The Rev. Dr. Jerusha Neal is a missionary with the General Board of Global Ministries of The United Methodist Church serving as professor of theology at the Davuilevu Theological College of the Methodist Church of Fiji and Rotuma in the South Pacific. Her particular interests are teaching preaching to new pastors and affirming women in their pastoral call.
Fiji has a population of 900,000, of whom 500,000 are native Fijians. Of those, two-thirds are Methodist. The Methodist Church of Fiji and Rotuma is a long-time mission partner of Global Ministries, especially in the area of training for pastoral and lay leadership. Davuilevu College is the primary institution for such education. Professor Neal teaches courses in a broad spectrum of subjects. Her husband, the Rev. Wesley Neal, also a missionary, is on the seminary faculty.
Jerusha Neal, a Midwest US native, is an ordained clergyperson of the American Baptist Churches in the USA. She holds a Bachelor of Arts degree in humanities from the University of Chicago, a Master of Divinity degree from Princeton Theological Seminary, and a Doctorate in Philosophy in homiletics, also from Princeton Seminary.
She has worked as a teaching fellow in the homiletics department at Princeton, co-pastor of the Santee United Methodist Church in Santee, California, and director of Christian education at the First Presbyterian Church of Fullerton, California. Since 2008, she has been involved in theatre, writing, and performing a one-woman show about the joys and challenges of the Christian vocation.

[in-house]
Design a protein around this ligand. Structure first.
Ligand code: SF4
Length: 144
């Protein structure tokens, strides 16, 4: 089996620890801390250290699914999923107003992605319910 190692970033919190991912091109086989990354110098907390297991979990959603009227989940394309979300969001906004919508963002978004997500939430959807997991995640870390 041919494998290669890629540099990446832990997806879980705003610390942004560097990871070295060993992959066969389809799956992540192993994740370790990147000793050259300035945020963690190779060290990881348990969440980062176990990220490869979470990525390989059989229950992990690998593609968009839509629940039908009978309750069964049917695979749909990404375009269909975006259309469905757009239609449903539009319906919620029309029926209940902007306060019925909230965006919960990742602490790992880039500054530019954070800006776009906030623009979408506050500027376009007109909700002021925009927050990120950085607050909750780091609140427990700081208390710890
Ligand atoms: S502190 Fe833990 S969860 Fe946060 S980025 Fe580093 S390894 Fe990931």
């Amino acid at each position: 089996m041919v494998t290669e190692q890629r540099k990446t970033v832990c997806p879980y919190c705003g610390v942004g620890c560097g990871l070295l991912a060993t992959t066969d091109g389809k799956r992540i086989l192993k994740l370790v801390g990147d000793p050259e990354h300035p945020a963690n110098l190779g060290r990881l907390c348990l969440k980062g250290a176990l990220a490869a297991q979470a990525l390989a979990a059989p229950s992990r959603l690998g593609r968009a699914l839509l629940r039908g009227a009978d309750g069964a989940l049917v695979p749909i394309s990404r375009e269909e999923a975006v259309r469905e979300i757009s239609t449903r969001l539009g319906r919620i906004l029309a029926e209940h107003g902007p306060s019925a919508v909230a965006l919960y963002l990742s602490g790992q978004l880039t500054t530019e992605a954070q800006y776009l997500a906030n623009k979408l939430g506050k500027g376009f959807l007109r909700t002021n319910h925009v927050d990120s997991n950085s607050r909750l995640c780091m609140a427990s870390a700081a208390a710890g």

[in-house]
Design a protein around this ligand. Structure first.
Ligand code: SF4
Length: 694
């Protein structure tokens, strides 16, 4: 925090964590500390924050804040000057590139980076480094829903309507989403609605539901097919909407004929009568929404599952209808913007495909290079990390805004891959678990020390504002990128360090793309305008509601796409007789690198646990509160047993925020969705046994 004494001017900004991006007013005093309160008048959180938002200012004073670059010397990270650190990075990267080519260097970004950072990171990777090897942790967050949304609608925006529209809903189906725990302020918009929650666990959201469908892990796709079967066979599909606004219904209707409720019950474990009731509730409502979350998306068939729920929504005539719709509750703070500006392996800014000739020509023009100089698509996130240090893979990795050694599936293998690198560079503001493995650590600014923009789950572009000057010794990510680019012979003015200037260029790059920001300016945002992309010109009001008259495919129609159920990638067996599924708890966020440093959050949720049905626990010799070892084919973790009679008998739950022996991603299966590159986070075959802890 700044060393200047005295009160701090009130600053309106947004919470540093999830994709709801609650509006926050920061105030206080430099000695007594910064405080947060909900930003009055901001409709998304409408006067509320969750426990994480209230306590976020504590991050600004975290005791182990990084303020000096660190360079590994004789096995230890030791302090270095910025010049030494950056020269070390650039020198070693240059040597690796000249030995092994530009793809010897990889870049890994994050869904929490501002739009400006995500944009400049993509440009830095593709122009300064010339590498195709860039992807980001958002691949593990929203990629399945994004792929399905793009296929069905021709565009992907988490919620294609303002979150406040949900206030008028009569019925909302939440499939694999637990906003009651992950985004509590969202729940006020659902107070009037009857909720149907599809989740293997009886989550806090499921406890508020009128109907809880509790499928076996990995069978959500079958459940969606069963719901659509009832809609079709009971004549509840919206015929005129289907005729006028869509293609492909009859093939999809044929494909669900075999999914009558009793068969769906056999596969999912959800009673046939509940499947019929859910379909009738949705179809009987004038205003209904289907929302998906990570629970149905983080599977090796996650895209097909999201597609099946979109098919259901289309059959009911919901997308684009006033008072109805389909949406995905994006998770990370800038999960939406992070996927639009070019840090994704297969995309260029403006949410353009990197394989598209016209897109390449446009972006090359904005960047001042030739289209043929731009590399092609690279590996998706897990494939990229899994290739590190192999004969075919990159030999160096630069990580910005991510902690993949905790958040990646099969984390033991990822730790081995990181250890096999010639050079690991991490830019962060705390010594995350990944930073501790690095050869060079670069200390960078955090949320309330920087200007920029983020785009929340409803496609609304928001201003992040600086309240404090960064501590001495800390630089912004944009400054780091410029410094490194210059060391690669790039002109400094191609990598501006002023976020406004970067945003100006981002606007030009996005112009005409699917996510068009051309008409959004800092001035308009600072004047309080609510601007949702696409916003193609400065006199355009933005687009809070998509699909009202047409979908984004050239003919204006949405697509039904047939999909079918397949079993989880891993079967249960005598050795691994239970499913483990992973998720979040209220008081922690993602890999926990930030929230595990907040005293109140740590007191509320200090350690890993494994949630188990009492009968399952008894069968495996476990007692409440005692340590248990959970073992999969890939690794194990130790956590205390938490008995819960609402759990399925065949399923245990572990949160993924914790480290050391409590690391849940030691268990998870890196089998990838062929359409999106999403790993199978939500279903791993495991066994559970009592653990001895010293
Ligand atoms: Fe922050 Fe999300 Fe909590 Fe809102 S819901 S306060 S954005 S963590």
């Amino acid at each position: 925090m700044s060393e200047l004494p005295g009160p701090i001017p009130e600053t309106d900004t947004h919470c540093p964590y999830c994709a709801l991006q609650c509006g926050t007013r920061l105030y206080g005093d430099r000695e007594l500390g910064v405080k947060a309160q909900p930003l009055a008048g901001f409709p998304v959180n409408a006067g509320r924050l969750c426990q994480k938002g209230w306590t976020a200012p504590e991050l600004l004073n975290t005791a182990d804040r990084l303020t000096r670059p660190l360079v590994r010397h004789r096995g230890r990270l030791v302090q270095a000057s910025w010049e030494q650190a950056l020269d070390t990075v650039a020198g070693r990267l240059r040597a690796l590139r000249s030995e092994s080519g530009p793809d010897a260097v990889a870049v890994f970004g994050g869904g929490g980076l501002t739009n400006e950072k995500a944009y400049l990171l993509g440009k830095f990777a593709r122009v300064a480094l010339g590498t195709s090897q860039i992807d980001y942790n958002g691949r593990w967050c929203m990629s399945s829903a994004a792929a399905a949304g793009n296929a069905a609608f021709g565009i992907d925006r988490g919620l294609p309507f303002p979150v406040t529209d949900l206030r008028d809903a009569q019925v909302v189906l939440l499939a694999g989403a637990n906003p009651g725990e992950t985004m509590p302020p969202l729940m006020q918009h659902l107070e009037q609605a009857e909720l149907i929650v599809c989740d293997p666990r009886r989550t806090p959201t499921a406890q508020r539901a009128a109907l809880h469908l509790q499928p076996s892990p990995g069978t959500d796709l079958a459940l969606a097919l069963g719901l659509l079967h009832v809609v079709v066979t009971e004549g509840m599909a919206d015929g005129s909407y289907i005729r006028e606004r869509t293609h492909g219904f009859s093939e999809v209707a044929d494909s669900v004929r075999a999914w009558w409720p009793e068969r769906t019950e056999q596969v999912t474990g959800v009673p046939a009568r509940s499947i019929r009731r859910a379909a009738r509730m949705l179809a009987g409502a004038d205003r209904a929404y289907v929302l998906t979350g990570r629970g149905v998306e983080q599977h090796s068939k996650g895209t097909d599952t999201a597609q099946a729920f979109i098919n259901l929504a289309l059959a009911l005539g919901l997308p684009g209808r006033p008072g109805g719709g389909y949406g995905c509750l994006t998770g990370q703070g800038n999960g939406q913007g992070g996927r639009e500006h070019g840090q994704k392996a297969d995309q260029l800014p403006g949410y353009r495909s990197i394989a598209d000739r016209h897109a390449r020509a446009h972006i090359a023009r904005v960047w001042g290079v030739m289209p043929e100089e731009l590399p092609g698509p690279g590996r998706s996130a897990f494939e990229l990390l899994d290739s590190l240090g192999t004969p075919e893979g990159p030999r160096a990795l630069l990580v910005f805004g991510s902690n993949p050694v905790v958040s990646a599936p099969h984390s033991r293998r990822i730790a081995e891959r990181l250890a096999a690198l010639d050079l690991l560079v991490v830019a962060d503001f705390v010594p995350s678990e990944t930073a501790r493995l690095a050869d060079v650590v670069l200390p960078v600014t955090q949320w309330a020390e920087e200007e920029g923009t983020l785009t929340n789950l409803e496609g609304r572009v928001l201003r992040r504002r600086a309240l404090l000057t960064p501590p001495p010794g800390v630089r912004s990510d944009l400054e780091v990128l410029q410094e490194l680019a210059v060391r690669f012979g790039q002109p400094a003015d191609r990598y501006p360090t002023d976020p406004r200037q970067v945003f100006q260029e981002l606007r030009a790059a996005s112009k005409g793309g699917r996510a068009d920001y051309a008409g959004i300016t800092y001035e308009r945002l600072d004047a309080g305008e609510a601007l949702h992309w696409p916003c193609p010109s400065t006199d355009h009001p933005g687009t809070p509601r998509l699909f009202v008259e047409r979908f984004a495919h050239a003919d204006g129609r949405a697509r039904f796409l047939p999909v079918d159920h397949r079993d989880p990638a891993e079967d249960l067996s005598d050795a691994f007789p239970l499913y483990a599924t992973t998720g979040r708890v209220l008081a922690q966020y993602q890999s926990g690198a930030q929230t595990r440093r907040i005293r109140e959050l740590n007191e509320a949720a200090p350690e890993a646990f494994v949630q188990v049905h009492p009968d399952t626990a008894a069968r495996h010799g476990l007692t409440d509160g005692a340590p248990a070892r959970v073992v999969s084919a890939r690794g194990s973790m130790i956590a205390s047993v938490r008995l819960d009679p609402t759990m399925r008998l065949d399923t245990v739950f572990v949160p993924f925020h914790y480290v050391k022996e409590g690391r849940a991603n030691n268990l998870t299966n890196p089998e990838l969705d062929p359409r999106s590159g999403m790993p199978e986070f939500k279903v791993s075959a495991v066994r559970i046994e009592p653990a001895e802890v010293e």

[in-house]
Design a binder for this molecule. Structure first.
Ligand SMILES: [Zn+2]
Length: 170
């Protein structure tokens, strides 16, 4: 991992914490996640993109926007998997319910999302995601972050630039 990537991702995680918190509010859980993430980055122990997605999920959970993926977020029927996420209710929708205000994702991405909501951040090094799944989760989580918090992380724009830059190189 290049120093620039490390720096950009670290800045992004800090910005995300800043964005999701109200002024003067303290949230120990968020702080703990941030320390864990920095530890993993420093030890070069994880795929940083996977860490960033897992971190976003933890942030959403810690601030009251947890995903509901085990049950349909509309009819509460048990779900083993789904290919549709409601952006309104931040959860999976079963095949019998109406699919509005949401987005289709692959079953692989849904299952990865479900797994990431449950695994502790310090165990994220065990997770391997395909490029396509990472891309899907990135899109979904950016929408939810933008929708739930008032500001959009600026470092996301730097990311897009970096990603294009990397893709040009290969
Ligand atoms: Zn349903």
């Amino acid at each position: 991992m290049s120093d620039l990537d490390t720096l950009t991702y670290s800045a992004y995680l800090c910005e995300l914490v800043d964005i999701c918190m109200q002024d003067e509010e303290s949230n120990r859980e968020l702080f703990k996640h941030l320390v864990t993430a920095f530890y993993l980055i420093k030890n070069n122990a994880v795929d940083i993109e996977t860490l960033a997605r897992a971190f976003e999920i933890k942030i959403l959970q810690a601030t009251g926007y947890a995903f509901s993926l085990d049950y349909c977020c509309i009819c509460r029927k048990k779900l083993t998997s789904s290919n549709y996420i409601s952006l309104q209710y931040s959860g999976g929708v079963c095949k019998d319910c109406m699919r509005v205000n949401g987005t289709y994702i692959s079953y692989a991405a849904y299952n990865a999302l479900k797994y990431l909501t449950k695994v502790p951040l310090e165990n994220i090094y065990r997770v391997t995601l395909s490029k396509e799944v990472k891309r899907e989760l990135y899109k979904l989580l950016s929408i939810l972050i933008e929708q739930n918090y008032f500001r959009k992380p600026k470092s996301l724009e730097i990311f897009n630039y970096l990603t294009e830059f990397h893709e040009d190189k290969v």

“I was born into an intentional, ecumenical, Christian community that existed for the purpose of loving God and neighbor,” she says. “I grew up joyful and loved, a full participant in the worship and service of the church.” That formative experience continues to help her “live with an honest and open heart and share with others how Jesus has extended grace to me. I find Jesus present in all kinds of places and people, especially unexpected places and people.”
Jerusha—whose Hebrew name means “owned by the Lord”—expected to teach religion when she enrolled at Princeton Seminary, until she preached her first sermon. “The match was lit.” Jerusha’s call to teach preaching in the context of the global church comes from the conviction that preaching matters to the life of the church and world. Moreover, when persons who have had their voices silenced by others stand and speak in the pulpit, preaching becomes a liberating sacrament of God’s grace and power. Jerusha is privileged to bear witness to God’s work in the preaching of men and women around the world. She is convinced that this global witness is vitally important to the American church as it faces its own challenges in the 21st century.
“A missionary calling to teach preaching overseas calls me to a deeper ground in Christian community. It provides opportunities for speaking and listening to future leaders in God’s church, learning together as we share our preaching practices across cultures. Most importantly, it calls me to the lifetime work of embracing my identity as a member of God’s family and witnessing to the heart of the God revealed in Jesus.”
Jerusha and Wesley have two young children, Mercy, and Josiah.
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